Poaching has been one of the biggest problems in the national parks of Assam. Payeng himself had alerted the forest department after he spotted a bunch of poachers in his forest. “I think they were part of an inter-state gang, two of which were caught on camera inside the Kaziranga National Park two weeks ago. After I alerted the department, a handful of guards came to my forest and nabbed those poachers,” says Payeng.  
The Assam state forest department learnt about Payeng’s forest only in 2008 when a
herd of 100-odd wild elephants strayed into the forest after a marauding spree in a few villages at Aruna Chapori nearby. Amongthe homes destroyed was Payeng’s hutment. It was then that assistant conservator of forests Gunin Saikia met Payeng for the first time. 
 We were a tad surprised to find such a dense forest on the sandbar. Locals, whose homes had been destroyed by the pachyderms, wanted to cut down the forest; but Payeng dared them to kill him instead. He treats the trees and the animals like his own children. Seeing this, we decided to pitch in at an individual level. Help from the government wasn’t forthcoming; in fact, it was only last year that the social forestry division decided to extend Payeng’s work and took up plantation work on a 200-hectare plot. This forest is acting as a corridor for the movement of wild animals from Kaziranga to other parts, which is good. This way, the scope of man-animal conflict will reduce substantially. And there lies the importance of Payeng’s work. It is easier to construct a building, but very difficult to grow a tree. What amazes me is Payeng’s grit and dedication—he has been at it for 30 years. Had he been in any other country, he would have become a pre-eminent authority in environmental issues,” Saikia says.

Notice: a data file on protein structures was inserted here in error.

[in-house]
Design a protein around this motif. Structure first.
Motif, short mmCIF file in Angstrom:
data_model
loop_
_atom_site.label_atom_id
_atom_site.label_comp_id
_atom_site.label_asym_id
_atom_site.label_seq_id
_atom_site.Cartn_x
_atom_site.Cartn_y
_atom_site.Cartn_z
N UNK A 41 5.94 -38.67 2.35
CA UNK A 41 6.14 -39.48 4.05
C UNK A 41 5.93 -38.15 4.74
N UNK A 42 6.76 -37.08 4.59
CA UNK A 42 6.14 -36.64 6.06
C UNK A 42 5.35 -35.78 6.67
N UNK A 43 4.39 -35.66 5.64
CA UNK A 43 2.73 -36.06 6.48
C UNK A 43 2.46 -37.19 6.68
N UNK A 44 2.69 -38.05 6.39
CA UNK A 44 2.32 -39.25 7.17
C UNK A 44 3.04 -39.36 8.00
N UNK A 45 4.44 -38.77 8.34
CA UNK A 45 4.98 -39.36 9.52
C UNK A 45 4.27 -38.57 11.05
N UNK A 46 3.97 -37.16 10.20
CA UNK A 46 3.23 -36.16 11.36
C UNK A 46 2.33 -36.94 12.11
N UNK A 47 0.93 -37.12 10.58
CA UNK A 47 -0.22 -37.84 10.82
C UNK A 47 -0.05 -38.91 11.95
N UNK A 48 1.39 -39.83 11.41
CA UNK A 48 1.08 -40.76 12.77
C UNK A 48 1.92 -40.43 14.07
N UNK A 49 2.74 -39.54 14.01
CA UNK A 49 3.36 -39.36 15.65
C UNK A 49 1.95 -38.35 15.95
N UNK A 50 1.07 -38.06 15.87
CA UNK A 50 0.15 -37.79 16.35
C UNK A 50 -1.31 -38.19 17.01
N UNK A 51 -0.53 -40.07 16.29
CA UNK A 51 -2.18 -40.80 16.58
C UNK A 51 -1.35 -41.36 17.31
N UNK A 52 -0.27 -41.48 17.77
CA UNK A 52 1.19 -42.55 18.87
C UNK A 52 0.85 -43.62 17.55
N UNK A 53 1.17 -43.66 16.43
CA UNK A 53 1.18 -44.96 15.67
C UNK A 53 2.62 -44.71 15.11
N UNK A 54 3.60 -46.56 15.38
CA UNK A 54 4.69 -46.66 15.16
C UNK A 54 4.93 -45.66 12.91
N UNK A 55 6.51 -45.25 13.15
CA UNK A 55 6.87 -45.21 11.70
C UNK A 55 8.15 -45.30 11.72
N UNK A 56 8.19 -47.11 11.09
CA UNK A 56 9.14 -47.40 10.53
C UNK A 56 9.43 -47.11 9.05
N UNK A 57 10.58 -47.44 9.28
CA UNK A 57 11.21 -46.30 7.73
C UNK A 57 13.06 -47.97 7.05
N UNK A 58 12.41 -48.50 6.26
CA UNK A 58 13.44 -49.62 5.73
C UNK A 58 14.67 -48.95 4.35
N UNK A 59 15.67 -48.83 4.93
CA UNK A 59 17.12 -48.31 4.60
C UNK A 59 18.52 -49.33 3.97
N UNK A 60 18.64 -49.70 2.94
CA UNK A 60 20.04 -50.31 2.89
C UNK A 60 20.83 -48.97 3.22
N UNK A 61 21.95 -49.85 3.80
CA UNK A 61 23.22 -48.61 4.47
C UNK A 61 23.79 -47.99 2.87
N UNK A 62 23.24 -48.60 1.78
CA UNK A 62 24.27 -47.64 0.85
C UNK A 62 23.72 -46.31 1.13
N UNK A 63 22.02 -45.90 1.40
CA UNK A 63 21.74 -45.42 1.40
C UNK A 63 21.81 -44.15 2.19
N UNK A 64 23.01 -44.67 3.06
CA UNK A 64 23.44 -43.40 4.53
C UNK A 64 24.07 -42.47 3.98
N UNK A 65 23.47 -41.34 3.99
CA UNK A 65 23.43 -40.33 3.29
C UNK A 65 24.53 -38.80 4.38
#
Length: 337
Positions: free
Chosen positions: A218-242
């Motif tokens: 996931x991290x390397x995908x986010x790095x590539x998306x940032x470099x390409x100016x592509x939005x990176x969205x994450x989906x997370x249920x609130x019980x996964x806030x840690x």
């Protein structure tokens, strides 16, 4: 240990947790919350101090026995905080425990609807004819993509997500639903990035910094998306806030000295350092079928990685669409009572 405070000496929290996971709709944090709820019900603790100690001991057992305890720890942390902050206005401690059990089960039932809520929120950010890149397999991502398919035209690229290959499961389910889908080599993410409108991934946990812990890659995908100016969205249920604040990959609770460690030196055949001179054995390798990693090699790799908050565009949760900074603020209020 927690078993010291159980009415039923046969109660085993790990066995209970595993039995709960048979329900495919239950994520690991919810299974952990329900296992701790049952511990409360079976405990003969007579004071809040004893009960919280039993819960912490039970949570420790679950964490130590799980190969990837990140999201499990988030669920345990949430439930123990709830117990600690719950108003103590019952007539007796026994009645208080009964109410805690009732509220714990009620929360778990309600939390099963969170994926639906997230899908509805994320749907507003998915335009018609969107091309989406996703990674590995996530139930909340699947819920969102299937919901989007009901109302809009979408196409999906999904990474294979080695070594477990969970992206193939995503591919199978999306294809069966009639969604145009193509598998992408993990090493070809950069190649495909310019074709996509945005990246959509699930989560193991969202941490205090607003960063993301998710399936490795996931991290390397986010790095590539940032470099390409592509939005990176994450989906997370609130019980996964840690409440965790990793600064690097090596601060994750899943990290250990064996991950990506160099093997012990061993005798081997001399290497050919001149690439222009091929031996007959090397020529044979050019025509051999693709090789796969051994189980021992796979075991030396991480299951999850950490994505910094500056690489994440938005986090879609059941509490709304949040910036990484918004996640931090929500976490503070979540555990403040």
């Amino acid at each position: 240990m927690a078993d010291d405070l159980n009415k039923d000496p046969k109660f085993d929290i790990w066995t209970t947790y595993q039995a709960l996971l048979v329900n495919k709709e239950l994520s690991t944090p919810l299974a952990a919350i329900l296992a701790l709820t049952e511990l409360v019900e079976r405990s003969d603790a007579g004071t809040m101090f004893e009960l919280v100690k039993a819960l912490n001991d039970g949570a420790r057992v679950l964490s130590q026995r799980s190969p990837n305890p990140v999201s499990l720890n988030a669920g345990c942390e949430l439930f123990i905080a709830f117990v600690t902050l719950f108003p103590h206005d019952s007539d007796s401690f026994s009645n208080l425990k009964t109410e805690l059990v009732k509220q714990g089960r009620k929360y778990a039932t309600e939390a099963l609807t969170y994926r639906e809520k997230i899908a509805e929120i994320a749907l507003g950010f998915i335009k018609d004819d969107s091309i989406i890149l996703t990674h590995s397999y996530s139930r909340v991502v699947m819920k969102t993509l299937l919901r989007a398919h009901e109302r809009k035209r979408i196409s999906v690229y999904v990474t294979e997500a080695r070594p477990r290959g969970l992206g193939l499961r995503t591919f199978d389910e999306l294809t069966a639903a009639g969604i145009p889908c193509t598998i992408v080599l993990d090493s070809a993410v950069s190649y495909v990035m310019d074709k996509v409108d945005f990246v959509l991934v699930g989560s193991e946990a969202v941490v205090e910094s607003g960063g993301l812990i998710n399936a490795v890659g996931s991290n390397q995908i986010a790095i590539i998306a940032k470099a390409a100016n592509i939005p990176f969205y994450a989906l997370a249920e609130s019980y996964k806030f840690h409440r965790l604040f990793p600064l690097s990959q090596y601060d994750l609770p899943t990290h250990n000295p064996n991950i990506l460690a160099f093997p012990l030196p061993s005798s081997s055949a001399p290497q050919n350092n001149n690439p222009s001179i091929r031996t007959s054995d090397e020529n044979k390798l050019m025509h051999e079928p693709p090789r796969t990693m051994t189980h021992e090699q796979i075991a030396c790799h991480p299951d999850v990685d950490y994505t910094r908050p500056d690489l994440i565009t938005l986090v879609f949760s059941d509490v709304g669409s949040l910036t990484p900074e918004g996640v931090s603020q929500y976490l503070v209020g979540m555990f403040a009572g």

He corroborates Payeng’s version on animals in the forest. “We counted at least five tigers here of which one was a female. She bore two cubs here and that’s incredible, given the fact that there’s growing concern about India’s missing tigers and efforts are being made for their captive breeding.”
Nevertheless, the government has been found wanting when it comes to taking steps to declare it a conservation reserve. Former Doner minister and Congress MP from Jorhat Bijoy Krishna Handique has recently taken interest in the forest. “I am going to moot a proposal to the Centre on behalf of Assam government to declare it a conservation reserve under provisions of the Wildlife (Protection) Act, 1972. We will meet in New Delhi just before Bihu (April 13-15). I am hopeful of a positive result,” the MP told Sunday Times. He, too, agrees that it is time for the world to stand up and take notice of the man who grew a forest. Payeng would be happy.

BLOG UPDATED : 17.07.12 :

Received this mail from Manumugdha,sharing it here -